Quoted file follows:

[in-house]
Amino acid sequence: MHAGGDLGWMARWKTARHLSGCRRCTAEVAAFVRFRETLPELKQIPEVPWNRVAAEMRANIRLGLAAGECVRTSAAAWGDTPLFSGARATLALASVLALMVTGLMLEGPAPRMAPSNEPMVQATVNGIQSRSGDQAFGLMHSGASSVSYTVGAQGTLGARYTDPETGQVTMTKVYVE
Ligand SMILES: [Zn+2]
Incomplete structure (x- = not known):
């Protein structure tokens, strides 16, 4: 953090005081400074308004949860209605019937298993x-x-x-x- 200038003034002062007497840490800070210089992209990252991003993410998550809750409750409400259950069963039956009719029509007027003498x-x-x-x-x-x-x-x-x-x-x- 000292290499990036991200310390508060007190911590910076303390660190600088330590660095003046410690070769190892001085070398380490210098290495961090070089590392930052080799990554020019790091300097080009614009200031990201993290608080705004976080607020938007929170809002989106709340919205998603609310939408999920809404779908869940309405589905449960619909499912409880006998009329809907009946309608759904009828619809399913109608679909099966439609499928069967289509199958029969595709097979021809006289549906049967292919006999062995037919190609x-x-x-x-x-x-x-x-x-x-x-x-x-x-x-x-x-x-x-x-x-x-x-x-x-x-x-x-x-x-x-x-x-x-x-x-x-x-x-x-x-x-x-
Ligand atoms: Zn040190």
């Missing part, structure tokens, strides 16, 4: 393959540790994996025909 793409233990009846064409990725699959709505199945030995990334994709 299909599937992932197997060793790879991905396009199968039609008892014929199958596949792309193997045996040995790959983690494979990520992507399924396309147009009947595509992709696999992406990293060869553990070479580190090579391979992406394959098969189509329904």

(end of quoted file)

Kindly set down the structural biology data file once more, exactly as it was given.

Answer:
[in-house]
Amino acid sequence: MHAGGDLGWMARWKTARHLSGCRRCTAEVAAFVRFRETLPELKQIPEVPWNRVAAEMRANIRLGLAAGECVRTSAAAWGDTPLFSGARATLALASVLALMVTGLMLEGPAPRMAPSNEPMVQATVNGIQSRSGDQAFGLMHSGASSVSYTVGAQGTLGARYTDPETGQVTMTKVYVE
Ligand SMILES: [Zn+2]
Incomplete structure (x- = not known):
């Protein structure tokens, strides 16, 4: 953090005081400074308004949860209605019937298993x-x-x-x- 200038003034002062007497840490800070210089992209990252991003993410998550809750409750409400259950069963039956009719029509007027003498x-x-x-x-x-x-x-x-x-x-x- 000292290499990036991200310390508060007190911590910076303390660190600088330590660095003046410690070769190892001085070398380490210098290495961090070089590392930052080799990554020019790091300097080009614009200031990201993290608080705004976080607020938007929170809002989106709340919205998603609310939408999920809404779908869940309405589905449960619909499912409880006998009329809907009946309608759904009828619809399913109608679909099966439609499928069967289509199958029969595709097979021809006289549906049967292919006999062995037919190609x-x-x-x-x-x-x-x-x-x-x-x-x-x-x-x-x-x-x-x-x-x-x-x-x-x-x-x-x-x-x-x-x-x-x-x-x-x-x-x-x-x-x-
Ligand atoms: Zn040190």
């Missing part, structure tokens, strides 16, 4: 393959540790994996025909 793409233990009846064409990725699959709505199945030995990334994709 299909599937992932197997060793790879991905396009199968039609008892014929199958596949792309193997045996040995790959983690494979990520992507399924396309147009009947595509992709696999992406990293060869553990070479580190090579391979992406394959098969189509329904």